An article on NJ.com takes a hard look at an influx of “sovereign citizen” cases that are currently clogging the courtrooms. The sovereign citizen movement, named by federal agencies as one of the fastest-growing domestic terror threats, has landed in New Jersey at full speed, taking the state judicial system by a storm.

Law enforcement and other government employees have been forced to confront the sovereign citizen movement head-on — often after becoming victims of the group’s bizarre lawfare tactics such as filing false liens in the courts to adversely affect the credit reports of their targets. Mark Potok, a senior fellow from the Southern Poverty Law Center, explained to NJ.com the paradox of the sovereign citizens beliefs – “They believe these judges have no jurisdiction, or believe they are purposely subverting it,” said Potok. “So they go after judges, court clerks and the like.”

Even though sovereign citizens believe the courts and its officers have no jurisdiction to prosecute them or enforce the law, they often turn to the courts to commit harassment and wreak “legal” havoc, exacting revenge against the government officials they believe have wronged them:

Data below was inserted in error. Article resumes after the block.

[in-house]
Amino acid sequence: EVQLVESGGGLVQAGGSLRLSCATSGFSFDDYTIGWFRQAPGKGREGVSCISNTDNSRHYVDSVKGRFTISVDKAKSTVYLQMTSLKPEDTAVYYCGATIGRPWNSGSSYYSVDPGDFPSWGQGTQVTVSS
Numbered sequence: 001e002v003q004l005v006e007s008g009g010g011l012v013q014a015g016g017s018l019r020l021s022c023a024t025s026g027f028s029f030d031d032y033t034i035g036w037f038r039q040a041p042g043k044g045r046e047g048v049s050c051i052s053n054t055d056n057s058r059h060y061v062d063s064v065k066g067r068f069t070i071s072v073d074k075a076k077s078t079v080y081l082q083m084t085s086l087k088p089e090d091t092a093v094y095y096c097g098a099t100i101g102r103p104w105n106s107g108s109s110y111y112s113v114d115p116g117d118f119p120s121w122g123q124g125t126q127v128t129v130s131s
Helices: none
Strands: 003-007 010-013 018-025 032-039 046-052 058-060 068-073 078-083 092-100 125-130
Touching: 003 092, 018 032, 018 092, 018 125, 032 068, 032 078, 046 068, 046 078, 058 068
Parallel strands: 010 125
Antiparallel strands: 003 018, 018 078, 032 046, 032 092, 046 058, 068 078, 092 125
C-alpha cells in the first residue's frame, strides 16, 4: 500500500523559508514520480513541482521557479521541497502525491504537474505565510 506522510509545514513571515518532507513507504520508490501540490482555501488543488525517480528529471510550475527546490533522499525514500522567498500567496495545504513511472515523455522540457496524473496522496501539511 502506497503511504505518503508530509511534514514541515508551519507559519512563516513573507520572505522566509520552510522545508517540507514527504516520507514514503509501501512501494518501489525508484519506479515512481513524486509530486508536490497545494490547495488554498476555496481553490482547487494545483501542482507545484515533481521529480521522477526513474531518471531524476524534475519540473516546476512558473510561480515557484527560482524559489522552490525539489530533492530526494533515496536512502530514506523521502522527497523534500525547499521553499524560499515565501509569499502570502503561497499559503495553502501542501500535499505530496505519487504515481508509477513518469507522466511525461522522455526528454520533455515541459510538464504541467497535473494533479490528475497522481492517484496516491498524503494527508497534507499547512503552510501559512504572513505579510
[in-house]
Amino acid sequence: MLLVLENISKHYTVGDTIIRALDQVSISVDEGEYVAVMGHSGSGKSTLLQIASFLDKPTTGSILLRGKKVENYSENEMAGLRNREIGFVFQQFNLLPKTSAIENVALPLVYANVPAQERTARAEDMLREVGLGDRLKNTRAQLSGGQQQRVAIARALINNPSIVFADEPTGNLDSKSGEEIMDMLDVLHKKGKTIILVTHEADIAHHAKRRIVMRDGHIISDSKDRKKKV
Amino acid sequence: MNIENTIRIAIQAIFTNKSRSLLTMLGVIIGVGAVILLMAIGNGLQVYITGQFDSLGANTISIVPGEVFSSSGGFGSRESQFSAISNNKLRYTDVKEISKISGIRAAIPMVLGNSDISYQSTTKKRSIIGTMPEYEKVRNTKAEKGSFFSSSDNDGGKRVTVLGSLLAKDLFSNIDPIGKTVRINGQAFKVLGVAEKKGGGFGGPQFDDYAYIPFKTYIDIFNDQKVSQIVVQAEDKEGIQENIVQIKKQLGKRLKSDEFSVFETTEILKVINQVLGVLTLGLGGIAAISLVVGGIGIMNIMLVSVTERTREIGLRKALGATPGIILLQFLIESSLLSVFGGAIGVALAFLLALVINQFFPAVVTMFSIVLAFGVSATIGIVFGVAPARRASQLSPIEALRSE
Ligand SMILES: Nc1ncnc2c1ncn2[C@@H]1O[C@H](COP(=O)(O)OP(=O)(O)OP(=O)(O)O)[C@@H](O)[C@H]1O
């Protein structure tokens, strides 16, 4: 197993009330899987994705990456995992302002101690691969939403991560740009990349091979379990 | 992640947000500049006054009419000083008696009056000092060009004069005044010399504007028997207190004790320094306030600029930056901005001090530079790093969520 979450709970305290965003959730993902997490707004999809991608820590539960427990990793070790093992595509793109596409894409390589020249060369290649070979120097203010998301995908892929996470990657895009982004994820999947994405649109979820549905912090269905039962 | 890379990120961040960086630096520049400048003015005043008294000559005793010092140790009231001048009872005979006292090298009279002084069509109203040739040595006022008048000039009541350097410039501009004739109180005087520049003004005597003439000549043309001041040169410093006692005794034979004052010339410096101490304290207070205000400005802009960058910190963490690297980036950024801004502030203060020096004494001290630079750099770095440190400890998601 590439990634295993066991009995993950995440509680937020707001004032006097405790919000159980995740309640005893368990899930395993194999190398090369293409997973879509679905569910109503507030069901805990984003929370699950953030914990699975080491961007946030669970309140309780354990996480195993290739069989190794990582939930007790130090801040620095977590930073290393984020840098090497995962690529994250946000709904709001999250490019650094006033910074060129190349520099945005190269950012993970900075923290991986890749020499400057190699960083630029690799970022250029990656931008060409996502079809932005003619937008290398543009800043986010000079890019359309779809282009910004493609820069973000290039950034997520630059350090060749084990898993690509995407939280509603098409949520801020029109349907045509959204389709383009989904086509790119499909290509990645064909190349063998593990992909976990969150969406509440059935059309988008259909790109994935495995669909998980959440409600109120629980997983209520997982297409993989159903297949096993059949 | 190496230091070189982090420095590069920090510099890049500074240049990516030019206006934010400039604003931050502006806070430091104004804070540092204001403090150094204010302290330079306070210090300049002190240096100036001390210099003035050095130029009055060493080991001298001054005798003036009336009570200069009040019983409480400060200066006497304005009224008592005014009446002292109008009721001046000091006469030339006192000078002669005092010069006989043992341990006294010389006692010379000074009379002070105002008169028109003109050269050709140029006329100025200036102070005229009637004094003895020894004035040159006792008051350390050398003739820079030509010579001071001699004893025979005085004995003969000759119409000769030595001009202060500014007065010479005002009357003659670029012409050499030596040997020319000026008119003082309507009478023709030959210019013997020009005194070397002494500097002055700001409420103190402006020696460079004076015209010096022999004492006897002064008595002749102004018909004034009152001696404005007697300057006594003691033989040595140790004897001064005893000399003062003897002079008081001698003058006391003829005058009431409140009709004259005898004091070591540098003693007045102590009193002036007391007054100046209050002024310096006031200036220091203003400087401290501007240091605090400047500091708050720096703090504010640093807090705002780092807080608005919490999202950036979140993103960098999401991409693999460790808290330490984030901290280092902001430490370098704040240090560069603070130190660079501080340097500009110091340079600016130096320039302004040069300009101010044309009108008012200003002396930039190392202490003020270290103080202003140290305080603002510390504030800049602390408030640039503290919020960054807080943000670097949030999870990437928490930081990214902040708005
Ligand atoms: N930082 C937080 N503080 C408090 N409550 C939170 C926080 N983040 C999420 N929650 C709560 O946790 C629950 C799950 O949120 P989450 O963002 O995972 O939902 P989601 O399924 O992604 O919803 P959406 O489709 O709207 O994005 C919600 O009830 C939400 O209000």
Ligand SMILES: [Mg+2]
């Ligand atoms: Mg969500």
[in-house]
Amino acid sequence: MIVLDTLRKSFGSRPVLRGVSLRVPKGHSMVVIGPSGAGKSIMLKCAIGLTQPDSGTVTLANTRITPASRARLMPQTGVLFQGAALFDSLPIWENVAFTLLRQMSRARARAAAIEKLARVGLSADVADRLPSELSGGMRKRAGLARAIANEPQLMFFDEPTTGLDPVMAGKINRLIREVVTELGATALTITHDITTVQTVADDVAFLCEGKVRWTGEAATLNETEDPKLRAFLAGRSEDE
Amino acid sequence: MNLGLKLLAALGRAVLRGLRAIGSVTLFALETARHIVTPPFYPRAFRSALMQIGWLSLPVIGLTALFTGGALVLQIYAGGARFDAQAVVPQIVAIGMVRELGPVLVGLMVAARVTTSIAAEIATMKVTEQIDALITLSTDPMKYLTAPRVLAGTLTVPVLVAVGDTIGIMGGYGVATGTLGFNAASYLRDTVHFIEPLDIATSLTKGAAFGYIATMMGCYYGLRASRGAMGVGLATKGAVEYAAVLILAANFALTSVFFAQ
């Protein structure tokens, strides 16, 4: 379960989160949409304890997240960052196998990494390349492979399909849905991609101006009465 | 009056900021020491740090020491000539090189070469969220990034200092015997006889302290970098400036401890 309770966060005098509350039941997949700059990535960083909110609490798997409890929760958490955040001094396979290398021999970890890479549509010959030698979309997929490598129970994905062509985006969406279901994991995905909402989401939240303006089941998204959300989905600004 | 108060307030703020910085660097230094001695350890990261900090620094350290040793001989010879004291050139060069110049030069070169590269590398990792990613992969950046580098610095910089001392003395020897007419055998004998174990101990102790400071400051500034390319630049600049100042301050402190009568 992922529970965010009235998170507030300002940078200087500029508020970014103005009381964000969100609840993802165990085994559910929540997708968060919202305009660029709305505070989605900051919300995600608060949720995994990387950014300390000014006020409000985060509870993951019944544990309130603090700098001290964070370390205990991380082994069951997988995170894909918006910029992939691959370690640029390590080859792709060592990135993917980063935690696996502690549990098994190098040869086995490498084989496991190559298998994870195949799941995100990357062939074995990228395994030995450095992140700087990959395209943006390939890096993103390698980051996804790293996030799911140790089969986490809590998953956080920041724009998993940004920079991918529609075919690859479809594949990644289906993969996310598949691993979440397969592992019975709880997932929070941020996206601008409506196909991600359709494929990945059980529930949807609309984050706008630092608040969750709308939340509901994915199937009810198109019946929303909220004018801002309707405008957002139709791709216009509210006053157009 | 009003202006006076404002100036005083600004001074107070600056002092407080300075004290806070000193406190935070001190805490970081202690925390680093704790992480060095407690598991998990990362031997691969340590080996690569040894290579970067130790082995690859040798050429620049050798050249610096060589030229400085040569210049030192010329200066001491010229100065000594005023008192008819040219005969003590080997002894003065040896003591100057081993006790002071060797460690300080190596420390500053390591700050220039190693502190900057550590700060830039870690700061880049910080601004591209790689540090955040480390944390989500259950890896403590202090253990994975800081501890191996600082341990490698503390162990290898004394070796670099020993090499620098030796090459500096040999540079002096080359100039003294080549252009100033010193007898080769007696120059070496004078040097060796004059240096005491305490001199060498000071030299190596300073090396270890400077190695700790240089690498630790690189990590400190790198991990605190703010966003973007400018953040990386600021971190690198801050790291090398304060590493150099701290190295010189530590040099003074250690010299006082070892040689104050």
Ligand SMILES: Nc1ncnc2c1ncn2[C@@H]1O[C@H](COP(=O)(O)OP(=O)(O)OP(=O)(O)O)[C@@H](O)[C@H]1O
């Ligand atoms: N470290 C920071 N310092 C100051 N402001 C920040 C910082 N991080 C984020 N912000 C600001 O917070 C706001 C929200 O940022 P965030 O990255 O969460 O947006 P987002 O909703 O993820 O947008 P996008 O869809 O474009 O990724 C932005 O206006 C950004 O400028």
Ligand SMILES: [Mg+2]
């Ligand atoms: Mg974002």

One of the means of harassment commonly used against judges and other court officials is the commercial lien, also known as a “mechanic’s lien,” which is intended to allow laborers to seek compensation from those who haven’t paid them for their services.

According to Potok, sovereign citizens seeking retribution from court officials will often file such a lien on a judge’s home, forcing them to potentially spend thousands of dollars to clear their title.

“The court clerk could receive it and file it without giving it another thought, and then it wouldn’t come up again until the judge tries to sell his or her home,” he said. “Since this started happening, about 20 states have passed new laws, or strengthened existing ones, in an effort to curb false liens.”

Although the term “sovereign citizen” is relatively new, only dating back to around 2011 when the FBI first began profiling the group as a threat to law enforcement agencies, the general principles of the group dates back a while. Potok explains that the current sovereign citizen movement could be considered a spin-off of sorts. “There was a similar wave with what was called the Montana Freemen in the 1990s,” he added. “The popular term now is sovereign citizen, but this happened before during the Clinton administration as well.”